It is a truism that youth is catalyst of development and social change. It is also a truism that the best way to solve poverty is through education.
And these are precisely the philosophies behind the three Bangladesh private university students who have been providing free basic education to the underprivileged children of capital Dhaka.
The youths of Dhaka's leading Eastern University offer children in slum with basic math and literacy skills, as well as Basic English classes.
Like many they also believe that getting education is the only way for children living in poverty-ridden areas in Bangladesh to realize their dreams of having a better life in the future.
Keeping these in mind, the youths have also recently set up "A Free School (AFS)", a child education development center, for further expansion of their activities throughout the South Asian country where there are estimated 400,000 street children with over a third of them settled in the capital city.
For running educational activities, AFS has initially chosen a slum beside the railway tracks next to Dhaka's Karwan Bazaar, one of the major commercial hubs of the city, where most of the slum dwellers are directly or indirectly involved in illegal drug business.
In an interview with Xinhua recently, Rezwan Ahmed Rozeal, one of the founders of AFS, said that the mission of the AFS is to change the lives of street children through literacy.
"We want to change their life through education," said Rozeal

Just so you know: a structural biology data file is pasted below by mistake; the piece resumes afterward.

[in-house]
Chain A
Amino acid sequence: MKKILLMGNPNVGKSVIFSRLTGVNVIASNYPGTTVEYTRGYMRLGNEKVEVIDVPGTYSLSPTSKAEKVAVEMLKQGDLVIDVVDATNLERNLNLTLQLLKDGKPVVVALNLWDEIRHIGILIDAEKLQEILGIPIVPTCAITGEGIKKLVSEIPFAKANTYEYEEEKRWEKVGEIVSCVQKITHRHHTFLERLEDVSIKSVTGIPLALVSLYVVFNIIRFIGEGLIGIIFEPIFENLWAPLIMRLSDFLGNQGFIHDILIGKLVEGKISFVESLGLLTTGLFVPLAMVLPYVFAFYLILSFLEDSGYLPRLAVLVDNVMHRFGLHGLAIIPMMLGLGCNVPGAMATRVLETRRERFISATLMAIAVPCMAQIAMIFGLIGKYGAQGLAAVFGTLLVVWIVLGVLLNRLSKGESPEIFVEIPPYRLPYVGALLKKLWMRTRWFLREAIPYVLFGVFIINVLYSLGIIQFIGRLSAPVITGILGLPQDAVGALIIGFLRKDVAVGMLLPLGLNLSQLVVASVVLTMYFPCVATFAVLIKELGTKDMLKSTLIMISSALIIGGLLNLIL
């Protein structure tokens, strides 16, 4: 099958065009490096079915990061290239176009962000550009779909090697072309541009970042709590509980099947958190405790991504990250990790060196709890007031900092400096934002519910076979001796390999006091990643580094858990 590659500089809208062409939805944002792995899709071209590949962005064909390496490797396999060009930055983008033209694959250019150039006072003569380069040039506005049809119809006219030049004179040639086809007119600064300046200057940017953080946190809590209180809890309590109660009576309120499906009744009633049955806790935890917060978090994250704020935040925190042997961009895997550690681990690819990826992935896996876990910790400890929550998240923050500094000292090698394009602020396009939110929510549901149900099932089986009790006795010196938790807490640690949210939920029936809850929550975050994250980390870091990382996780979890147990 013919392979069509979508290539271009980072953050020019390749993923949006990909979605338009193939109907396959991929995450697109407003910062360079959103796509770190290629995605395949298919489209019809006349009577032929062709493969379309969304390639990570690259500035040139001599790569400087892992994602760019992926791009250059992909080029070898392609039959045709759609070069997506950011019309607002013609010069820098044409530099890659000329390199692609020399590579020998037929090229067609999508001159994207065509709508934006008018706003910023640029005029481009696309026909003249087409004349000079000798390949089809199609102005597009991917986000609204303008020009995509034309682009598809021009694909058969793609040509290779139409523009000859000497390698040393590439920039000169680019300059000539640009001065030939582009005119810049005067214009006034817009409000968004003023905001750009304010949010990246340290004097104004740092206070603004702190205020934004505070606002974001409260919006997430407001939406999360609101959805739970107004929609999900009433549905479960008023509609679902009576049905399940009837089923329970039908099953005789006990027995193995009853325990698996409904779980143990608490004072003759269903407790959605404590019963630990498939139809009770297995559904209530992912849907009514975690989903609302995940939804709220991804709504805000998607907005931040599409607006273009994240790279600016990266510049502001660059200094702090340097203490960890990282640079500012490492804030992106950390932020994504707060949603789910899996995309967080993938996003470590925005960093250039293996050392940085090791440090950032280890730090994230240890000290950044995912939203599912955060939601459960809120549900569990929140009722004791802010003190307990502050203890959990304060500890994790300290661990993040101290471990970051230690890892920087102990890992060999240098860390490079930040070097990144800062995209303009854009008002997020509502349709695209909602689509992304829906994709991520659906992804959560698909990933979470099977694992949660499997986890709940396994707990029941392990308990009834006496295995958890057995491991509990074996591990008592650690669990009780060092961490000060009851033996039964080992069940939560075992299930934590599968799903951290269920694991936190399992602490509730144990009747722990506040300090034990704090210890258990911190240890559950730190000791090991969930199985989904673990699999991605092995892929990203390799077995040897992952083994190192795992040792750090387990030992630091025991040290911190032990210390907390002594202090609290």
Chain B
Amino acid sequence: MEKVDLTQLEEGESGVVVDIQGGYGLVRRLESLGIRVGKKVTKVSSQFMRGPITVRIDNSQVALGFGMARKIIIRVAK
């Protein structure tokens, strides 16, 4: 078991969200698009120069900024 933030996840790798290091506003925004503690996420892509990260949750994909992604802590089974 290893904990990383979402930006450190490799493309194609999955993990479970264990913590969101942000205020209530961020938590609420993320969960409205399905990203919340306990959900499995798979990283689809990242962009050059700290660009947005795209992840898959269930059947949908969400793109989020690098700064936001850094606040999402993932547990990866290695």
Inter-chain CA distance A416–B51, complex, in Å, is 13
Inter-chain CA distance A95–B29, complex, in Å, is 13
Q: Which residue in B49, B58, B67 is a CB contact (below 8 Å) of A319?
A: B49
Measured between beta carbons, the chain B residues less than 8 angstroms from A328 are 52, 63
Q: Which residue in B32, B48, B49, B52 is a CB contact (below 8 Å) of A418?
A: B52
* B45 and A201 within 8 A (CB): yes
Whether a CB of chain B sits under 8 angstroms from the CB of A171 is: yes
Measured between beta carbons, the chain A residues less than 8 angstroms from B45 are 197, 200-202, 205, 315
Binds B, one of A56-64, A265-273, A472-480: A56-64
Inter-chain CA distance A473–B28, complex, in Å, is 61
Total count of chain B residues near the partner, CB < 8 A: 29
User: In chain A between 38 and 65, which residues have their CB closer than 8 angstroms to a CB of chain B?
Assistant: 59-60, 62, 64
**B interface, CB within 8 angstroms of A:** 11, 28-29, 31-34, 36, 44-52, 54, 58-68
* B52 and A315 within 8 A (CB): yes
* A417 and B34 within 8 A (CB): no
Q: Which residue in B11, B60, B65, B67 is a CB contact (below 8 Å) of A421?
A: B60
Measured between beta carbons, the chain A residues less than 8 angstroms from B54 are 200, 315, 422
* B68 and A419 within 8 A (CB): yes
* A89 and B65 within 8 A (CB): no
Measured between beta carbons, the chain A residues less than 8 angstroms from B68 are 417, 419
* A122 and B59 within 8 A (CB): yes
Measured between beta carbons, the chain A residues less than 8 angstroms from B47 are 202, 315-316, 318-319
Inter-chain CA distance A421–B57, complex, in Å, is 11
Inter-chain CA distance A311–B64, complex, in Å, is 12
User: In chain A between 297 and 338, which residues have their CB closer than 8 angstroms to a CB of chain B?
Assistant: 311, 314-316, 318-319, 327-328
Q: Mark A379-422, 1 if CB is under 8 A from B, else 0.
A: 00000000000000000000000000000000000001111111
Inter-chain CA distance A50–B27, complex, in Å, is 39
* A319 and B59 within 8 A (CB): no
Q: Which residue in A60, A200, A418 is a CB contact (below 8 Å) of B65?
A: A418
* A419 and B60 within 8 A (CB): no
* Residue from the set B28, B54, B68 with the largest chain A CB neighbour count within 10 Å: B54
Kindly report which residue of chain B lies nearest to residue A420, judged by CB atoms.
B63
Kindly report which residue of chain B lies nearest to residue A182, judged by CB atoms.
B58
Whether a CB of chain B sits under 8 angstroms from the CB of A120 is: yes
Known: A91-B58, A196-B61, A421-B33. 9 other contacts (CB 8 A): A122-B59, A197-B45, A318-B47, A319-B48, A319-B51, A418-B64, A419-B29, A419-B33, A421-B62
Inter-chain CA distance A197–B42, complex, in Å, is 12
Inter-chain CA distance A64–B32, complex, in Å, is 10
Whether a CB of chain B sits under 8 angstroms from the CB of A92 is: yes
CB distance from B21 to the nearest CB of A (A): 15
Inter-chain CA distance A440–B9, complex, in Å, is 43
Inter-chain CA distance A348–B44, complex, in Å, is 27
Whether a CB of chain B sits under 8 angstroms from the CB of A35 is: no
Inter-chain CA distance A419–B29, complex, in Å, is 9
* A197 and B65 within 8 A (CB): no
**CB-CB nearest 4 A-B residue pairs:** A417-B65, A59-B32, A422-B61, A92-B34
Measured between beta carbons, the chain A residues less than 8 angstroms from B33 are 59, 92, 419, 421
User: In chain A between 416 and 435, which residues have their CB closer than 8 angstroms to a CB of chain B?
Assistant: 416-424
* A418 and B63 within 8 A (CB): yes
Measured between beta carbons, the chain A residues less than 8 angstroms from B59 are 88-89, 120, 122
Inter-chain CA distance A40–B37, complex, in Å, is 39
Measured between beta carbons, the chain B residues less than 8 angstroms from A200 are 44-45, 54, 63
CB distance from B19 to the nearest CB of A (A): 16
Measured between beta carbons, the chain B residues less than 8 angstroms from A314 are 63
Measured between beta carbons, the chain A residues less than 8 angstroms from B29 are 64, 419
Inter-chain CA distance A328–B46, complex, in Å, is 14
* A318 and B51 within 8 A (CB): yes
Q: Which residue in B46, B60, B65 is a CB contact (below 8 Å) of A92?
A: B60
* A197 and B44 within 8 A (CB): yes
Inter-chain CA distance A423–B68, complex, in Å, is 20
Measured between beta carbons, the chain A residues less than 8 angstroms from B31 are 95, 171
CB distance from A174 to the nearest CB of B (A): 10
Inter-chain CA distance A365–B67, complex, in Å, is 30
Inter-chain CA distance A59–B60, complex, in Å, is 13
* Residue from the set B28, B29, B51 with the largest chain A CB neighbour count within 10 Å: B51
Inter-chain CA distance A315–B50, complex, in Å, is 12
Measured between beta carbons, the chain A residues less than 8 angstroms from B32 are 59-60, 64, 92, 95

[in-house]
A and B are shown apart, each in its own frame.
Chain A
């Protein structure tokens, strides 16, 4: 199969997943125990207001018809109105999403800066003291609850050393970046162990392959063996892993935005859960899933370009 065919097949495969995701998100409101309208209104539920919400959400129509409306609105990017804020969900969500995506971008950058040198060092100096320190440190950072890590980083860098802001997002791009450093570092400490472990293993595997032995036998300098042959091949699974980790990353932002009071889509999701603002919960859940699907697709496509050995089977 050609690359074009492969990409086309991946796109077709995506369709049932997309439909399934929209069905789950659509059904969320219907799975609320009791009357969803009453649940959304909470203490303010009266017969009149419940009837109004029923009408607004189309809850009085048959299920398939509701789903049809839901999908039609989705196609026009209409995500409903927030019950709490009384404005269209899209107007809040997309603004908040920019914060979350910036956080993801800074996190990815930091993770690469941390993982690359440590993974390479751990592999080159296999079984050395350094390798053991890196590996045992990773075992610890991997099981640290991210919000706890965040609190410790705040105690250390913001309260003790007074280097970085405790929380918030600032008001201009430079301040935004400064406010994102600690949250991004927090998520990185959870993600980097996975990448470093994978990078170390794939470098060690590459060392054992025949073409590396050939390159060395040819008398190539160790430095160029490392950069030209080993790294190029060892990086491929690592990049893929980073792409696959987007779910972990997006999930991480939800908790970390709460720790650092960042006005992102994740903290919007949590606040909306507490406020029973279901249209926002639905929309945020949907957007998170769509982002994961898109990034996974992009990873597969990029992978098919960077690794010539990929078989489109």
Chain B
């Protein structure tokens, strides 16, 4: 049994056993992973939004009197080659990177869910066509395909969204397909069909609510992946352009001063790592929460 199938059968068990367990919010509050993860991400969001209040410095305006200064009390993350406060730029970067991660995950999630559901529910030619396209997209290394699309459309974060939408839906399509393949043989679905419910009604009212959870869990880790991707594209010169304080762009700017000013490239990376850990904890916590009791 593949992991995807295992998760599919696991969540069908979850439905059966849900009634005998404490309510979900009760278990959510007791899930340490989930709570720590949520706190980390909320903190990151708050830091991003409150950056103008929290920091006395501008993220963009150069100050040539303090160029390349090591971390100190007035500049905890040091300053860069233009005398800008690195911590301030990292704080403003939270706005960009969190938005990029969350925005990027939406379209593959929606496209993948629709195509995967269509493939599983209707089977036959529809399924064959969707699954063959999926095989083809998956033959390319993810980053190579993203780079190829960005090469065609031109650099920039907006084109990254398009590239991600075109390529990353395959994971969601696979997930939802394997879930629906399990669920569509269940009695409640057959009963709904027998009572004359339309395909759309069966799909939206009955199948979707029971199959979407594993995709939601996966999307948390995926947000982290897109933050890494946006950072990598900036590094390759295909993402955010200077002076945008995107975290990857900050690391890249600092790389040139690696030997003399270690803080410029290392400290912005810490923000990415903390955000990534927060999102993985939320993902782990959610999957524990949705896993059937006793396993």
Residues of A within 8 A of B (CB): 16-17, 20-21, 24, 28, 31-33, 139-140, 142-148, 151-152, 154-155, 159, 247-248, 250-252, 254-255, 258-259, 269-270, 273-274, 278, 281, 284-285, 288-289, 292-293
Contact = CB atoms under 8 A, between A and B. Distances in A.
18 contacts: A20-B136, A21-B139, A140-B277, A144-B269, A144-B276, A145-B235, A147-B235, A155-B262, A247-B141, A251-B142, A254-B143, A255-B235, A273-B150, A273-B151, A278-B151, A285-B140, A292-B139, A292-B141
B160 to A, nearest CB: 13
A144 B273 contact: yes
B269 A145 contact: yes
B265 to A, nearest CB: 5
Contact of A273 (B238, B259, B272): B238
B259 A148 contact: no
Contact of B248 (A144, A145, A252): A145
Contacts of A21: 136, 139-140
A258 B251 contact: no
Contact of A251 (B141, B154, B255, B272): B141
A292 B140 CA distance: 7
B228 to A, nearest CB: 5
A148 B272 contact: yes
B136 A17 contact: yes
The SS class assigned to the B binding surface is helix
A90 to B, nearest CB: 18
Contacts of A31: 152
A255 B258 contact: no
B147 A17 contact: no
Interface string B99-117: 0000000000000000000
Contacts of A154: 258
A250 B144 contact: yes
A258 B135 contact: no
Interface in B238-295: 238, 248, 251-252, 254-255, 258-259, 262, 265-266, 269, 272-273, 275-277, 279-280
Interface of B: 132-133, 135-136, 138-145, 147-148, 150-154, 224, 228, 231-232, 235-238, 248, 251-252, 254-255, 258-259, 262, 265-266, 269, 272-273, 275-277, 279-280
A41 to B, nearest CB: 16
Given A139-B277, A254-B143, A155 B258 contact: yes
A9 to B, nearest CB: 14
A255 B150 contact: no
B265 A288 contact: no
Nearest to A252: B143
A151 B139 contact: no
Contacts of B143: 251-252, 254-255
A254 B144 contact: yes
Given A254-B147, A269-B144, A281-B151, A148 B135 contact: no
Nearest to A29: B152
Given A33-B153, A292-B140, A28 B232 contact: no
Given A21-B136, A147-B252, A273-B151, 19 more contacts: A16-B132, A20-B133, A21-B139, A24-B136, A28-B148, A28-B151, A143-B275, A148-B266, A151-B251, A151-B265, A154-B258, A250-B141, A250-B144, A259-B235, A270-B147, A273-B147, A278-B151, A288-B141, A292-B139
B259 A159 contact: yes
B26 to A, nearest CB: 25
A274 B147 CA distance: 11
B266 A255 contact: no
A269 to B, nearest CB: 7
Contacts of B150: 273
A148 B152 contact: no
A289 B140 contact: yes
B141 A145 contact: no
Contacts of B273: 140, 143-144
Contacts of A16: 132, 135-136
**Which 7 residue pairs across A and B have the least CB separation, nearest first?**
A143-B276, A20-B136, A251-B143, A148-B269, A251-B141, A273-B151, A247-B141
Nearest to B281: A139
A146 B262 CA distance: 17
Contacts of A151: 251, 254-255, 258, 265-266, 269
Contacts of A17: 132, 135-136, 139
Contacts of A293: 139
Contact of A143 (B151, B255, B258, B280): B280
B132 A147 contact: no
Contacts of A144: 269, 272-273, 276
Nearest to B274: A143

He said scores of children of mostly floating people are getting free education from AFS.
Rozeal said that the underprivileged children have grasped the importance of education. They realized that without education they could not change their life. Education would be a tool to achieve their citizen rights and make them responsible to their duties to the state.
Sumaiya, one of the female students, said that she wants to become a doctor. "I am amazed of her dream. She proves that human beings are as big as their dreams," said Rozeal.
"I like to study. And I want to become a doctor," eight-year old Sumaiya Akhter told Xinhua.
Akhter's dim dream has been illuminated with the light of education as she started to learn Bangla and English alphabets from ASF.
"We're teaching them how to write, read and draw," Rozeal said.
Rozeal said that most of the children's parents are drug dealers, which make their efforts difficult. Most of the parents don't want their children to go to school.
But the optimistic dreamer youths never ready to admit defeat in their efforts.
Rozeal along with his two co-founder friends -- Touhid Islam and Morshed Alam Kawshik -- managed many guardians to send their children to school.
"I've seen a good change in them (guardians). There is a big change in their mentality. We want to keep this change in them," Rozeal said.
This poverty-ridden silent group faces various challenges in their social life, according to Rozeal.
"I don't think that they will remain underprivileged in their entire life. They have some extra ordinary talents too," said optimist Rozeal.
The school runs on minimum logistics and facilities, and lacks any kind of protection from adverse weather in the rainy and winter seasons.
AFS is now serving free education with materials including free books and other study materials from their own pocket money which they get from parents and by teaching children of rich families privately.
"We have no financial support. We spend money for AFS from the savings of our pocket money," Rozeal said.
Although their efforts seem to be insignificant compared to the awesome problem of homeless children in streets of Dhaka, they are undeterred in pursuing their dreams of expanding the operation of their center so that it can accommodate more deprived children who have not been given enough attention in a country with about 153 million people.